33 5 Compensation ω ref + Σ Controller Motor Mechanical resonance. 4 F (s) (s +.)(s +.5) s 2 +.4s + 4 ω See Figure 5.2a. Measurements have been made using a sinusoidal input u and the gain and phase shift have been measured at different frequencies. The results are given in the following table. Figure 5.a 5. The block diagram for speed control of a DC-motor is shown in Figure 5.a. Find a compensator F (s) such that the following specifications are fulfilled. The system should be twice as fast as for F (s) =, but with the same damping as for F (s) =. If ω ref is constant, ω ref ω /ω ref should be less than 5%. The controller should not be unnecessarily sensitive for high frequency disturbances and the open loop system s low frequency amplification should not be larger than necessary. Frequency [rad/s] Gain Phase shift a) Make a Bode plot for the system. b) What is the largest crossover frequency possible to achieve when using proportional control and wanting a phase margin of at least 5? c) Suggest a compensator that doubles the speed compared to b) and still keeps the phase margin. B u 5.3 A hydraulic system with a valve and a piston is described by the following linearized transfer function G(s) = k u /A s( s2 + 2ζ s ω 2 ω + ) where A is the area of the piston and k u the hydraulic gain. A Figure 5.2a 5.2 The outflow temperature θ in the liquid A can be controlled in a heat exchanger by controlling the flow of the liquid B by a valve with the setting denoted u. a) Make a Bode plot for the system when ω = 5 rad/s, ζ =., and k u /A = 2. b) What is the smallest value of the ramp error that can be achieved using proportional control if we want an amplitude margin of 2? What is the crossover frequency in this case? c) Suggest a compensator such that the ramp error decreases 5 times at the same time as the crossover frequency, phase margin and amplitude margin will be the same as in b). Due to physical constraints in the implementation, this regulator has to have finite amplification at all frequencies. 29

34 θ ref e + Σ F (s) u Figure 5.4a k m s( + st m )( + st e ) 5.4 Figure 5.4a shows a position servo including a DC-motor. The extra time constant T e is due to the inductance in the winding of the motor, which is usually not taken into account. The parameter values are k m =, T m =. and T e =.. We want the servo to fulfill the following specifications: Rise time. s. Overshoot %. The steady state error at step in θ ref should be zero. θ A B Bode plot Open loop system -8-8 Bode plot Closed loop system Step response Closed loop system The steady state error when θ ref is a ramp with slope /s should be less than.. Suggest a compensator such that the specifications are fulfilled. (Clue: Suppose that the relationship between rise time, overshoot, and other specifications are the same as for a second order system, that is, according to Figures 5.4b and 5.4c in Solution 5.4 (the figures can also be found in Glad&Ljung).) 5.5 In Figure 5.5a we have arranged step responses and open loop and closed loop (feedback with ) Bode plots for five different systems. Identify the three plots that belong to each of the five systems, one open loop and one closed loop Bode plot and one step response. Motivate your answer by pointing out one unique feature for each system. C D E Frequency Frequency Time Figure 5.5a. All comparable diagrams have equal scaling. 3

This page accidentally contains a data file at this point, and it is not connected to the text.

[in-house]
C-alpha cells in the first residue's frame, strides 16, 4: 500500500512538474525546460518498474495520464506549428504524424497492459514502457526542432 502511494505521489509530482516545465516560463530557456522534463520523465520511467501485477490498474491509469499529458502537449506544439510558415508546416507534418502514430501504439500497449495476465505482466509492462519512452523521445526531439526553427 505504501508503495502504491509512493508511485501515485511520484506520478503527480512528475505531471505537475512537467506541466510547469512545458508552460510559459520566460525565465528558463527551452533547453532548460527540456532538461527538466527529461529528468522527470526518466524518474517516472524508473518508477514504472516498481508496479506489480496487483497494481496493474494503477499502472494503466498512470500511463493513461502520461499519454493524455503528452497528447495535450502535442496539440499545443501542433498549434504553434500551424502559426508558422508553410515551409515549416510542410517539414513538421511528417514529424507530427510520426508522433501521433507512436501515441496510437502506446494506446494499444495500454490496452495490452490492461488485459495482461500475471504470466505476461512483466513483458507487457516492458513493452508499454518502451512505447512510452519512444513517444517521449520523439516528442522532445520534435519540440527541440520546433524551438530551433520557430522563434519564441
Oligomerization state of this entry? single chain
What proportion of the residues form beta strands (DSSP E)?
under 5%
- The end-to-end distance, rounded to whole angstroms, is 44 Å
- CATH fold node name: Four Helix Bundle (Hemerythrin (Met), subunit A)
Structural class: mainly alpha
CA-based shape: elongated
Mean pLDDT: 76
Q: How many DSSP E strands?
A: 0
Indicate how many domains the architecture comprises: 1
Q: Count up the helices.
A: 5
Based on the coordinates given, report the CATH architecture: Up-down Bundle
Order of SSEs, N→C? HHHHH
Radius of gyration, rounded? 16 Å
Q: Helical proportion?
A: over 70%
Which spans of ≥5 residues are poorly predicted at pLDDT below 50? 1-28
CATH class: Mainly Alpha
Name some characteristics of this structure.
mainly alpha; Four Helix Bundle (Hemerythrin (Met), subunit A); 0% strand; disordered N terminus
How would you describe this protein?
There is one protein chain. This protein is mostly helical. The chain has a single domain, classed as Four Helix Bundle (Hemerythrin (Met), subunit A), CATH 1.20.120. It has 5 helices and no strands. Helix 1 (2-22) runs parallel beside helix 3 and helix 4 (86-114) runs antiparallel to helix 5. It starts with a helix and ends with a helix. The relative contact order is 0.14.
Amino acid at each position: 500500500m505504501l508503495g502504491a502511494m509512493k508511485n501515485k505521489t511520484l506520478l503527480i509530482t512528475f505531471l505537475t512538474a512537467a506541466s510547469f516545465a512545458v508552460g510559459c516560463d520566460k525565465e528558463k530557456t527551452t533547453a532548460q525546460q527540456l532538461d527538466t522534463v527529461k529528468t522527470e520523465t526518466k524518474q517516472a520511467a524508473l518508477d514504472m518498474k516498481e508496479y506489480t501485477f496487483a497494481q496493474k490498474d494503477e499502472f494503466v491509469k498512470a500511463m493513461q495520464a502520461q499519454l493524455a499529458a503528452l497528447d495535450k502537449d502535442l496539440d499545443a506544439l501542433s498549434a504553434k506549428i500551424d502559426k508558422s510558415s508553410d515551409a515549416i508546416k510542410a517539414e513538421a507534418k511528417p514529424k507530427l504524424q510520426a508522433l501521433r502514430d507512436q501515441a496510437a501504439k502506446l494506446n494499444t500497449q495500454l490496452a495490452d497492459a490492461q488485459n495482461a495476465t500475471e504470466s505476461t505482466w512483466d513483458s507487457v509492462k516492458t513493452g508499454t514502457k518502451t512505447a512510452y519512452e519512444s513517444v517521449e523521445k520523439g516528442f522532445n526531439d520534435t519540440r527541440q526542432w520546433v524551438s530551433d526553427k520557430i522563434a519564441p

35 θ ref + Σ e F (s) u + st k m s( + st )( + st 2 ) θ Figure 5.6a 5.6 A DC-servo is described by the block diagram in Figure 5.6a, where T = 5 ms is a mechanical time constant, k m = is a proportional constant, T 2 = 25 ms is an electrical time constant, and T = ms is an amplifier time constant. The system is tested with F (s) = and we find that the dynamic properties are satisfactory but that the system is somewhat too slow. Find an F (s) so that the closed loop system is twice as fast as for F (s) =, without increasing the overshoot. F (s) should also give a closed loop system which fulfills the following accuracy demands: θ θ ref. rad in steady state when θ ref is constant. When θ ref is a ramp with slope rad/s we should have θ θ ref. rad in steady state. Σ K G(s) + G(iω) arg G(iω) ω [rad/s] Figure 5.7b.2 Figure 5.7a 5.7 The amplitude curves and the phase curves in Figure 5.7b have been measured for a system without poles in the right half plane. The system is controlled using feedback according to Figure 5.7a. Use the Nyquist criterion to decide for which values of K the closed loop system is stable (K > ). 5.8 A block diagram for a control system with time delay is shown in Figure 5.8a. The system G has no poles in the right half plane. a) G has a Bode plot according to the plot in Figure 5.8b. Determine for what values of the time delay T the closed loop system is stable. b) The same as in a), but for the plot in Figure 5.8c. Σ G (s) e st + Figure 5.8a 3